Vials with Covid-19 Vaccine stickers attached and syringes, with the logo of the University of Oxford and its partner British pharmaceutical company AstraZeneca.
Vials with Covid-19 Vaccine stickers attached and syringes, with the logo of the University of Oxford and its partner British pharmaceutical company AstraZeneca.
AFP Photo

London: The UK on Wednesday approved a cheaper and easy-to-handle COVID-19 vaccine developed by scientists at Oxford University and produced by AstraZeneca.

This is the second coronavirus vaccine to be cleared for rollout in Britain after the Pfizer/BioNTech jab.

The Oxford vaccine also has a tie-up with the Serum Institute of India, which has been keenly watching the evaluation by the British regulator, after the final data was submitted.

The approval by the British regulator means the vaccine is both "safe and effective." "It is truly fantastic news - and a triumph for British science - that the vaccine has been approved for use. We will now move to vaccinate as many people as quickly as possible," said British Prime Minister Boris Johnson.

The transportation and storage requirements mean that it needs to be kept at temperatures of 2C to 8C, which is similar to a conventional fridge, for up to six months. This is ideally suited for Indian conditions. Though each person will require two doses, it will be easier to transport and deliver; as against this, the storage and delivery of the Pfizer vaccine is a logistical challenge in a country like India with its huge population. The fact that it is also cheap and easy to mass produce and administer enhances its appeal in a pharmaceutical market that will soon be crowded with corona vaccines.

No approval yet by Indian drug regulator: Meanwhile, the analysis of the additional data and information submitted by the Serum Institute of India and Bharat Biotech is still being conducted by the regulator, the Central Drug Standard Control Organisation; no decision has been taken on rollout of the vaccine and the Subject Expert Committee’s next meeting will be held on January 1.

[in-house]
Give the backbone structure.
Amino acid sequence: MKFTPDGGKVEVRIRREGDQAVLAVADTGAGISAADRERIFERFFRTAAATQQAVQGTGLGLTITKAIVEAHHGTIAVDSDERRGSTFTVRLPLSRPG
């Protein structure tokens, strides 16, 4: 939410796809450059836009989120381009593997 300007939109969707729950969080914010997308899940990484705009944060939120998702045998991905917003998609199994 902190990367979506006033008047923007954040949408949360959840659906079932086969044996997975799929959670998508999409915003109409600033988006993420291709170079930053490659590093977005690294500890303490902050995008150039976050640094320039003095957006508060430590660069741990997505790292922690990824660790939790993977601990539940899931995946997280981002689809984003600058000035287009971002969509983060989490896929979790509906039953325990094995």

The committee met on Wednesday to consider the emergency use authorisation request of Pfizer, SII and Bharat Biotech Private Ltd.

America's Pfizer was the first one to apply for the accelerated approval on December 4, followed by the SII and Bharat Biotech, which applied on December 6 and 7, respectively.

On December 9, the Subject Expert Committee had asked the SII and Bharat Biotech to submit more data and information to secure approval.

The approval by the British regulator has cleared the decks for the Oxford jab, which can be available 'from next week.' This has renewed hope that the end of the pandemic could just be months away. At least, UK could 'get out of this by spring'.

Britain recorded on Tuesday more than 53,000 infections in a record daily high amid fears hospitals may be overwhelmed by spiralling admissions within days.

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